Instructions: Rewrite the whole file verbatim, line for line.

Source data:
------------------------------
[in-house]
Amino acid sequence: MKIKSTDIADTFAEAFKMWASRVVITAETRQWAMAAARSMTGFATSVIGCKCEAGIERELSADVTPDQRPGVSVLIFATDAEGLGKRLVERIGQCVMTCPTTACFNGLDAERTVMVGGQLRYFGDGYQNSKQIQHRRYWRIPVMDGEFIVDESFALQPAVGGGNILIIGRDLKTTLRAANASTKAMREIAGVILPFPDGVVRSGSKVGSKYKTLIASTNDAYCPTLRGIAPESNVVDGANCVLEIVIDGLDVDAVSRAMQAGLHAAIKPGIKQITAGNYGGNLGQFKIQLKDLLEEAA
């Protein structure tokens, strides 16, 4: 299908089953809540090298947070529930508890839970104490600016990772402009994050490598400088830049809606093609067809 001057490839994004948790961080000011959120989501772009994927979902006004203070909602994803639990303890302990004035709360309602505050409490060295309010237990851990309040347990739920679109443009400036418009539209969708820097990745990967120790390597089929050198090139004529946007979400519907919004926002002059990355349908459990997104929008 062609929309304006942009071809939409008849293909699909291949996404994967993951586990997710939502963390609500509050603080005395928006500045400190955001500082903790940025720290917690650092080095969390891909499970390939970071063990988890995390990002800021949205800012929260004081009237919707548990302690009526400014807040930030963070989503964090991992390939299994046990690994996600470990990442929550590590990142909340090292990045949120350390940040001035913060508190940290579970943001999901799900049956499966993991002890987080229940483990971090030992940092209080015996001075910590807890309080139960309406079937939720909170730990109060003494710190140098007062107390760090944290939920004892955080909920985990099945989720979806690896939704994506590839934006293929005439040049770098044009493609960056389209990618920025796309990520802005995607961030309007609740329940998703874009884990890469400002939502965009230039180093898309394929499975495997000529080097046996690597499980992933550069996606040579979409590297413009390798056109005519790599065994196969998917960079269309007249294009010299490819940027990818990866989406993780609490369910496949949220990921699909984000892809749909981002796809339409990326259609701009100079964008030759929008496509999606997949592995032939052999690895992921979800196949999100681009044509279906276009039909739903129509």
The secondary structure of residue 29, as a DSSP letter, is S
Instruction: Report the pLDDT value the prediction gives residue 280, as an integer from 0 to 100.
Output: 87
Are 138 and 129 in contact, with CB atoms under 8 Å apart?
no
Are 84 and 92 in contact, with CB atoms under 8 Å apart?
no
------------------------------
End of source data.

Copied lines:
[in-house]
Amino acid sequence: MKIKSTDIADTFAEAFKMWASRVVITAETRQWAMAAARSMTGFATSVIGCKCEAGIERELSADVTPDQRPGVSVLIFATDAEGLGKRLVERIGQCVMTCPTTACFNGLDAERTVMVGGQLRYFGDGYQNSKQIQHRRYWRIPVMDGEFIVDESFALQPAVGGGNILIIGRDLKTTLRAANASTKAMREIAGVILPFPDGVVRSGSKVGSKYKTLIASTNDAYCPTLRGIAPESNVVDGANCVLEIVIDGLDVDAVSRAMQAGLHAAIKPGIKQITAGNYGGNLGQFKIQLKDLLEEAA
């Protein structure tokens, strides 16, 4: 299908089953809540090298947070529930508890839970104490600016990772402009994050490598400088830049809606093609067809 001057490839994004948790961080000011959120989501772009994927979902006004203070909602994803639990303890302990004035709360309602505050409490060295309010237990851990309040347990739920679109443009400036418009539209969708820097990745990967120790390597089929050198090139004529946007979400519907919004926002002059990355349908459990997104929008 062609929309304006942009071809939409008849293909699909291949996404994967993951586990997710939502963390609500509050603080005395928006500045400190955001500082903790940025720290917690650092080095969390891909499970390939970071063990988890995390990002800021949205800012929260004081009237919707548990302690009526400014807040930030963070989503964090991992390939299994046990690994996600470990990442929550590590990142909340090292990045949120350390940040001035913060508190940290579970943001999901799900049956499966993991002890987080229940483990971090030992940092209080015996001075910590807890309080139960309406079937939720909170730990109060003494710190140098007062107390760090944290939920004892955080909920985990099945989720979806690896939704994506590839934006293929005439040049770098044009493609960056389209990618920025796309990520802005995607961030309007609740329940998703874009884990890469400002939502965009230039180093898309394929499975495997000529080097046996690597499980992933550069996606040579979409590297413009390798056109005519790599065994196969998917960079269309007249294009010299490819940027990818990866989406993780609490369910496949949220990921699909984000892809749909981002796809339409990326259609701009100079964008030759929008496509999606997949592995032939052999690895992921979800196949999100681009044509279906276009039909739903129509």
The secondary structure of residue 29, as a DSSP letter, is S
Instruction: Report the pLDDT value the prediction gives residue 280, as an integer from 0 to 100.
Output: 87
Are 138 and 129 in contact, with CB atoms under 8 Å apart?
no
Are 84 and 92 in contact, with CB atoms under 8 Å apart?
no